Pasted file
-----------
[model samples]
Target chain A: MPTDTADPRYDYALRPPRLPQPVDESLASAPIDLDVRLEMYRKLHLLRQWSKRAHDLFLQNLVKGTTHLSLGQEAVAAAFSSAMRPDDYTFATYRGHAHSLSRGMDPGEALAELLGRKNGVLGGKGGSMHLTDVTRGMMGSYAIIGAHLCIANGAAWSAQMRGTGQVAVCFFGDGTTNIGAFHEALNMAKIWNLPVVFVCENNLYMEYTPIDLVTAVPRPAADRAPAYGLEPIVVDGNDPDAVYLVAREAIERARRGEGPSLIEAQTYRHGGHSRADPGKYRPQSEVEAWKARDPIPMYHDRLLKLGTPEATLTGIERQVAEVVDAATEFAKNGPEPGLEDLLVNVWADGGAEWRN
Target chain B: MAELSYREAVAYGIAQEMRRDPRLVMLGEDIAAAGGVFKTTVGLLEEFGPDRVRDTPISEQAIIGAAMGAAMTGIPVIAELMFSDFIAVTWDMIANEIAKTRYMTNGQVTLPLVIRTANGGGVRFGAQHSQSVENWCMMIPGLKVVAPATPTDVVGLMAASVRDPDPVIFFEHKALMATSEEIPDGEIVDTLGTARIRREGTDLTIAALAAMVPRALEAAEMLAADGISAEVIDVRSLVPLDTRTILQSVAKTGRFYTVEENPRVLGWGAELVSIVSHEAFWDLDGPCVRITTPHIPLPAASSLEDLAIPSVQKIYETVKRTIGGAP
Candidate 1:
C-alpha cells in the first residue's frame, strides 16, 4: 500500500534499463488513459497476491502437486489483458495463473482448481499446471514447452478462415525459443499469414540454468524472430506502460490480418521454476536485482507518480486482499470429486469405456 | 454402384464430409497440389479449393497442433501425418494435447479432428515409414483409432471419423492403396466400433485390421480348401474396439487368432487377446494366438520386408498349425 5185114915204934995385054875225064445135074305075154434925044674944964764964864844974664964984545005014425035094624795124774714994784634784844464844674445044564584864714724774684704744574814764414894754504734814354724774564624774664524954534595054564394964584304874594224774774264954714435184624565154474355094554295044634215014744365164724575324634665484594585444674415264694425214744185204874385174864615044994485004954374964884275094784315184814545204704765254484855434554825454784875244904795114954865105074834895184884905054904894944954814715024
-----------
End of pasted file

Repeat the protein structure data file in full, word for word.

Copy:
[model samples]
Target chain A: MPTDTADPRYDYALRPPRLPQPVDESLASAPIDLDVRLEMYRKLHLLRQWSKRAHDLFLQNLVKGTTHLSLGQEAVAAAFSSAMRPDDYTFATYRGHAHSLSRGMDPGEALAELLGRKNGVLGGKGGSMHLTDVTRGMMGSYAIIGAHLCIANGAAWSAQMRGTGQVAVCFFGDGTTNIGAFHEALNMAKIWNLPVVFVCENNLYMEYTPIDLVTAVPRPAADRAPAYGLEPIVVDGNDPDAVYLVAREAIERARRGEGPSLIEAQTYRHGGHSRADPGKYRPQSEVEAWKARDPIPMYHDRLLKLGTPEATLTGIERQVAEVVDAATEFAKNGPEPGLEDLLVNVWADGGAEWRN
Target chain B: MAELSYREAVAYGIAQEMRRDPRLVMLGEDIAAAGGVFKTTVGLLEEFGPDRVRDTPISEQAIIGAAMGAAMTGIPVIAELMFSDFIAVTWDMIANEIAKTRYMTNGQVTLPLVIRTANGGGVRFGAQHSQSVENWCMMIPGLKVVAPATPTDVVGLMAASVRDPDPVIFFEHKALMATSEEIPDGEIVDTLGTARIRREGTDLTIAALAAMVPRALEAAEMLAADGISAEVIDVRSLVPLDTRTILQSVAKTGRFYTVEENPRVLGWGAELVSIVSHEAFWDLDGPCVRITTPHIPLPAASSLEDLAIPSVQKIYETVKRTIGGAP
Candidate 1:
C-alpha cells in the first residue's frame, strides 16, 4: 500500500534499463488513459497476491502437486489483458495463473482448481499446471514447452478462415525459443499469414540454468524472430506502460490480418521454476536485482507518480486482499470429486469405456 | 454402384464430409497440389479449393497442433501425418494435447479432428515409414483409432471419423492403396466400433485390421480348401474396439487368432487377446494366438520386408498349425 5185114915204934995385054875225064445135074305075154434925044674944964764964864844974664964984545005014425035094624795124774714994784634784844464844674445044564584864714724774684704744574814764414894754504734814354724774564624774664524954534595054564394964584304874594224774774264954714435184624565154474355094554295044634215014744365164724575324634665484594585444674415264694425214744185204874385174864615044994485004954374964884275094784315184814545204704765254484855434554825454784875244904795114954865105074834895184884905054904894944954814715024